COVID-19 and the environment – a brief respite or an omen?

Reduce human activity. One simple measure is proving to alleviate the crisis that has brought the world to a stand-still. A measure environmentalists have been espousing for decades. But is reducing anthropogenic activity proving the results that they expected?

In this time of paranoia and anxiety, our confirmation bias attracts us to information that provides hope and distraction. Photos and videos were shared of natural systems and animals rebounding from lack of human activity, that were then later debunked as fake news. Though the water in Venice is really not any cleaner, the air definitely is.

The decrease in industrial production, fossil fuel burning, and transport has shown to clearly correlate with reduction in air pollution and greenhouse gases. The improvement in air quality has been measured not only in countries with strict restrictions such as China and Italy, but also in Pakistan where cities such as Lahore and Karachi are frequently featured in top 5 global cities with the worst air pollution. The improvement in air quality ironically has been calculated to save more lives than Corona has taken.

Respite, though less dramatic, is also felt in other environmental issues including wildlife crime and logging. Signs continue to surface as reminders of the resilience of the natural world if humans reduce their plundering.

However, before any celebrations are to be made, it is important to note the ephemerality of these positive changes. When the world resumes its motions, and business-as-usual continues to be the mantra, the benefits will swiftly be reversed.

The benefits are also questionable in scale, as the urgent reaction needed to address Corona has meant indiscriminate production and consumption of another kind; this includes infrastructure being built in a haste without consideration for sustainability; mass production of plastic and cloth masks, plastic gloves, and travel sized plastic sanitizer bottles; overturn on of single use plastic bag bans; and a general but significant shift away from the reuse and recycle culture that was just beginning to gain some influence. Little is also known right now on what is being done for the proper disposal of hazardous medical waste and hygiene items.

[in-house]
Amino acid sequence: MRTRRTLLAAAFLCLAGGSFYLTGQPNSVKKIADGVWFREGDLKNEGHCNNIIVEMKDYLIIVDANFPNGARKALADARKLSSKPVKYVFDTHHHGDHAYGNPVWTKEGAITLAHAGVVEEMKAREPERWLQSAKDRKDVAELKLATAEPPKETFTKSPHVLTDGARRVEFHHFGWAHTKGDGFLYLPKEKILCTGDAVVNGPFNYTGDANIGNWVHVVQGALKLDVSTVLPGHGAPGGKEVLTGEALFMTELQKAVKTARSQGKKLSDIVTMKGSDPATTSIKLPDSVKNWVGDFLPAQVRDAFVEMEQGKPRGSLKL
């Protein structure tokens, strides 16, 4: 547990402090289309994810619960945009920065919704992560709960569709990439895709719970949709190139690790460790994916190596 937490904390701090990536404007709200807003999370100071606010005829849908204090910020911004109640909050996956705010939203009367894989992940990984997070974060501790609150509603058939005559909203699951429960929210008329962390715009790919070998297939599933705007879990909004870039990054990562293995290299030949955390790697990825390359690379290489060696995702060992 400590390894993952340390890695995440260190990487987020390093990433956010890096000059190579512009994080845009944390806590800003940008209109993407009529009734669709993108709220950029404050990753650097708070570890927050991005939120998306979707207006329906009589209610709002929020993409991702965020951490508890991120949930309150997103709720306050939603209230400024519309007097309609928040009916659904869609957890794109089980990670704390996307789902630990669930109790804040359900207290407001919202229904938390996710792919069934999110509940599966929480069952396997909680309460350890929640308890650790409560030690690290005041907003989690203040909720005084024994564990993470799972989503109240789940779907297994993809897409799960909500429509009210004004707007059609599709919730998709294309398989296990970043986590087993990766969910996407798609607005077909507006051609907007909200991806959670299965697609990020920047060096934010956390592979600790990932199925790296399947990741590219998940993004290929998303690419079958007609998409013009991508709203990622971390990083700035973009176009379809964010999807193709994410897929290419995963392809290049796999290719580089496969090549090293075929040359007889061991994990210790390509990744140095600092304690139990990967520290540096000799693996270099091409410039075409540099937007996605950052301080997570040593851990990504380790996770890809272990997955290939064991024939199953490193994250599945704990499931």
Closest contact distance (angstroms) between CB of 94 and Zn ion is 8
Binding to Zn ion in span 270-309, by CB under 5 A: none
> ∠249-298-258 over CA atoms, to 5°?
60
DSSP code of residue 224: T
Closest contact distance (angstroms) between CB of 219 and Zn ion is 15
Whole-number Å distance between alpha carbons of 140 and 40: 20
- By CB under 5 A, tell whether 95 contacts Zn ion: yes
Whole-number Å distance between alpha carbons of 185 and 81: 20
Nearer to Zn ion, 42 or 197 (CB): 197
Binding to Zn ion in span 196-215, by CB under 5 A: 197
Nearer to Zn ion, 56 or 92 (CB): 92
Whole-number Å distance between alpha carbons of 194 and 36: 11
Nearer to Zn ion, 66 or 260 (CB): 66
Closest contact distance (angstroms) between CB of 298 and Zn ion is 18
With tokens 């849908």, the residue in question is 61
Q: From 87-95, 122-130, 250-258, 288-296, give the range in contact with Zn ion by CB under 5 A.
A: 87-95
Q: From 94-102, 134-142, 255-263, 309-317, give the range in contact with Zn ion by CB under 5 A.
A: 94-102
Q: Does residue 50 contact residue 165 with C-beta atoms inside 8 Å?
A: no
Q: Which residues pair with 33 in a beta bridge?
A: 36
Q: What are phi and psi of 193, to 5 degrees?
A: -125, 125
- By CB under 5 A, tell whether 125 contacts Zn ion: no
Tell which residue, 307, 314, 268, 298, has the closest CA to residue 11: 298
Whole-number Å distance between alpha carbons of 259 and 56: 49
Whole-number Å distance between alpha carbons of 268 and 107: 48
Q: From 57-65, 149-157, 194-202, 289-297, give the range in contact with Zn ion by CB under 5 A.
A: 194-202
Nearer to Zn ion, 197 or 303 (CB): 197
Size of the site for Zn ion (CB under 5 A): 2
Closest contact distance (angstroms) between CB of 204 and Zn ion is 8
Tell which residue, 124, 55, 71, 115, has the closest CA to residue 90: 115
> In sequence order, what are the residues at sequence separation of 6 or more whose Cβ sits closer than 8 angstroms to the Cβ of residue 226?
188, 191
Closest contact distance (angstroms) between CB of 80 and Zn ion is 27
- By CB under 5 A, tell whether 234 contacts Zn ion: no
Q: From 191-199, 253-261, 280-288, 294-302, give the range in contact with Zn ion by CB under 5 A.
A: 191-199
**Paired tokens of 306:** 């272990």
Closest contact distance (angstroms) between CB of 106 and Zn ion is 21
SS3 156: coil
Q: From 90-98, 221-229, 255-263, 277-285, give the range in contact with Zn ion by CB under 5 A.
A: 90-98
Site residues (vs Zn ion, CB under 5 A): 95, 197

More importantly, Corona has served as an omen for the global crises that will arise due to climate change. Corona has shown how interconnected and vulnerable the world is in a time of real crisis. As climate change promises to worsen in severity, the crisis in the years to come will dwarf what we are currently experiencing. This is the time for companies to stand up and proactively work on reducing their carbon footprint.

Moving forward, as the private sector adjusts to the changes brought on by Corona, it also has the urgent opportunity to pursue environmental stewardship and sustainable development. Through tweaking business models towards sustainability, companies can help to alleviate the current crisis and build resilience for combating future crises. The world post COVID-19 looks uncertain, but we can do our best now to ensure our future is green and peaceful.